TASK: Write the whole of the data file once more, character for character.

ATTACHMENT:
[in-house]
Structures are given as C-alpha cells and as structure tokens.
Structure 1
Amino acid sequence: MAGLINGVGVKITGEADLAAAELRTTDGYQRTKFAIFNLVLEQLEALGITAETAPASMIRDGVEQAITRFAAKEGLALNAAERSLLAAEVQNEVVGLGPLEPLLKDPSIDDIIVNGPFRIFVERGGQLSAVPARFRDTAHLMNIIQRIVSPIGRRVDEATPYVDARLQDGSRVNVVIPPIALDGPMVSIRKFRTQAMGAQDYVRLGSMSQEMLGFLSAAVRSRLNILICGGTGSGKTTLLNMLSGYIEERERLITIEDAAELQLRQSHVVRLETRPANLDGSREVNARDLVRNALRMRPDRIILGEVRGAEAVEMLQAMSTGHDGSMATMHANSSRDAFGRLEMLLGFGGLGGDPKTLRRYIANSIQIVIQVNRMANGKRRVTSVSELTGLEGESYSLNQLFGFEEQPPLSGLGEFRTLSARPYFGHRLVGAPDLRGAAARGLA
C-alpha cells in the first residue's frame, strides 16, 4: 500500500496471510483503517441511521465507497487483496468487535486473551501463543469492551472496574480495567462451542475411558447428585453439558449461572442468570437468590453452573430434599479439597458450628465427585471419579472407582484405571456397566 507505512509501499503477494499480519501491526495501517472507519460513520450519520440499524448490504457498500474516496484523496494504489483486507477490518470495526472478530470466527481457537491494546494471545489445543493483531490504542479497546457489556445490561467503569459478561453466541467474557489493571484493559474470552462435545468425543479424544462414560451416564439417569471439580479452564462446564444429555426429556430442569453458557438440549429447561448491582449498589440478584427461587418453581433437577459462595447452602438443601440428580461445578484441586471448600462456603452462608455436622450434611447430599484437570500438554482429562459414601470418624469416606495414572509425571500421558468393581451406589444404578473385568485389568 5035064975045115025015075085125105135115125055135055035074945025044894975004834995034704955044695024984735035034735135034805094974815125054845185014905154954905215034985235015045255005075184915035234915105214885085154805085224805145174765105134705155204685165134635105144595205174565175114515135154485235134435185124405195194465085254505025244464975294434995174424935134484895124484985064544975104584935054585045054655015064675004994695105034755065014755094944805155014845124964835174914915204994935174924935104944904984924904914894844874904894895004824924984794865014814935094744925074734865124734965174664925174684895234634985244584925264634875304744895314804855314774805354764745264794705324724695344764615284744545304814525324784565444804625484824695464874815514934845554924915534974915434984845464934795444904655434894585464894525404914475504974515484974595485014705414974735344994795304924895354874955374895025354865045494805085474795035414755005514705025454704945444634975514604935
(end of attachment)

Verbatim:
[in-house]
Structures are given as C-alpha cells and as structure tokens.
Structure 1
Amino acid sequence: MAGLINGVGVKITGEADLAAAELRTTDGYQRTKFAIFNLVLEQLEALGITAETAPASMIRDGVEQAITRFAAKEGLALNAAERSLLAAEVQNEVVGLGPLEPLLKDPSIDDIIVNGPFRIFVERGGQLSAVPARFRDTAHLMNIIQRIVSPIGRRVDEATPYVDARLQDGSRVNVVIPPIALDGPMVSIRKFRTQAMGAQDYVRLGSMSQEMLGFLSAAVRSRLNILICGGTGSGKTTLLNMLSGYIEERERLITIEDAAELQLRQSHVVRLETRPANLDGSREVNARDLVRNALRMRPDRIILGEVRGAEAVEMLQAMSTGHDGSMATMHANSSRDAFGRLEMLLGFGGLGGDPKTLRRYIANSIQIVIQVNRMANGKRRVTSVSELTGLEGESYSLNQLFGFEEQPPLSGLGEFRTLSARPYFGHRLVGAPDLRGAAARGLA
C-alpha cells in the first residue's frame, strides 16, 4: 500500500496471510483503517441511521465507497487483496468487535486473551501463543469492551472496574480495567462451542475411558447428585453439558449461572442468570437468590453452573430434599479439597458450628465427585471419579472407582484405571456397566 507505512509501499503477494499480519501491526495501517472507519460513520450519520440499524448490504457498500474516496484523496494504489483486507477490518470495526472478530470466527481457537491494546494471545489445543493483531490504542479497546457489556445490561467503569459478561453466541467474557489493571484493559474470552462435545468425543479424544462414560451416564439417569471439580479452564462446564444429555426429556430442569453458557438440549429447561448491582449498589440478584427461587418453581433437577459462595447452602438443601440428580461445578484441586471448600462456603452462608455436622450434611447430599484437570500438554482429562459414601470418624469416606495414572509425571500421558468393581451406589444404578473385568485389568 5035064975045115025015075085125105135115125055135055035074945025044894975004834995034704955044695024984735035034735135034805094974815125054845185014905154954905215034985235015045255005075184915035234915105214885085154805085224805145174765105134705155204685165134635105144595205174565175114515135154485235134435185124405195194465085254505025244464975294434995174424935134484895124484985064544975104584935054585045054655015064675004994695105034755065014755094944805155014845124964835174914915204994935174924935104944904984924904914894844874904894895004824924984794865014814935094744925074734865124734965174664925174684895234634985244584925264634875304744895314804855314774805354764745264794705324724695344764615284744545304814525324784565444804625484824695464874815514934845554924915534974915434984845464934795444904655434894585464894525404914475504974515484974595485014705414974735344994795304924895354874955374895025354865045494805085474795035414755005514705025454704945444634975514604935